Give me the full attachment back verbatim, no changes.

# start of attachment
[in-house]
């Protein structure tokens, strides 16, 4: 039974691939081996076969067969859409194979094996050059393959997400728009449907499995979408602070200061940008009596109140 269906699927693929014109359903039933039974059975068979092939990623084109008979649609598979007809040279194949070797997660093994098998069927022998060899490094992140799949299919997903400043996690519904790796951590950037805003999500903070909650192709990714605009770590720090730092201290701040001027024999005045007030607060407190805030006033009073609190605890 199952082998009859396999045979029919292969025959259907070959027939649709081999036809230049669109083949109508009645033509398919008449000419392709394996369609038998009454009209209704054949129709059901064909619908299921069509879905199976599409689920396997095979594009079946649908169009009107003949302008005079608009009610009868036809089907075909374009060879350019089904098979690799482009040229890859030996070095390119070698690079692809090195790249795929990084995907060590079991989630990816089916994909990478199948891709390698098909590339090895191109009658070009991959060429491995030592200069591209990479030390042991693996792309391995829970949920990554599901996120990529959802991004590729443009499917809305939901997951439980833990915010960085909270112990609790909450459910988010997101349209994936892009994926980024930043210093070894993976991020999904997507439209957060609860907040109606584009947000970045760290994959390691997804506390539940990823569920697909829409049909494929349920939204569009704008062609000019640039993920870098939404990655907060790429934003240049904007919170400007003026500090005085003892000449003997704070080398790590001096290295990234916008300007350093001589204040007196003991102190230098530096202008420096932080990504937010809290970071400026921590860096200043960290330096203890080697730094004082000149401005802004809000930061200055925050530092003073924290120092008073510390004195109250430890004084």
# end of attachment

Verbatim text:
[in-house]
């Protein structure tokens, strides 16, 4: 039974691939081996076969067969859409194979094996050059393959997400728009449907499995979408602070200061940008009596109140 269906699927693929014109359903039933039974059975068979092939990623084109008979649609598979007809040279194949070797997660093994098998069927022998060899490094992140799949299919997903400043996690519904790796951590950037805003999500903070909650192709990714605009770590720090730092201290701040001027024999005045007030607060407190805030006033009073609190605890 199952082998009859396999045979029919292969025959259907070959027939649709081999036809230049669109083949109508009645033509398919008449000419392709394996369609038998009454009209209704054949129709059901064909619908299921069509879905199976599409689920396997095979594009079946649908169009009107003949302008005079608009009610009868036809089907075909374009060879350019089904098979690799482009040229890859030996070095390119070698690079692809090195790249795929990084995907060590079991989630990816089916994909990478199948891709390698098909590339090895191109009658070009991959060429491995030592200069591209990479030390042991693996792309391995829970949920990554599901996120990529959802991004590729443009499917809305939901997951439980833990915010960085909270112990609790909450459910988010997101349209994936892009994926980024930043210093070894993976991020999904997507439209957060609860907040109606584009947000970045760290994959390691997804506390539940990823569920697909829409049909494929349920939204569009704008062609000019640039993920870098939404990655907060790429934003240049904007919170400007003026500090005085003892000449003997704070080398790590001096290295990234916008300007350093001589204040007196003991102190230098530096202008420096932080990504937010809290970071400026921590860096200043960290330096203890080697730094004082000149401005802004809000930061200055925050530092003073924290120092008073510390004195109250430890004084």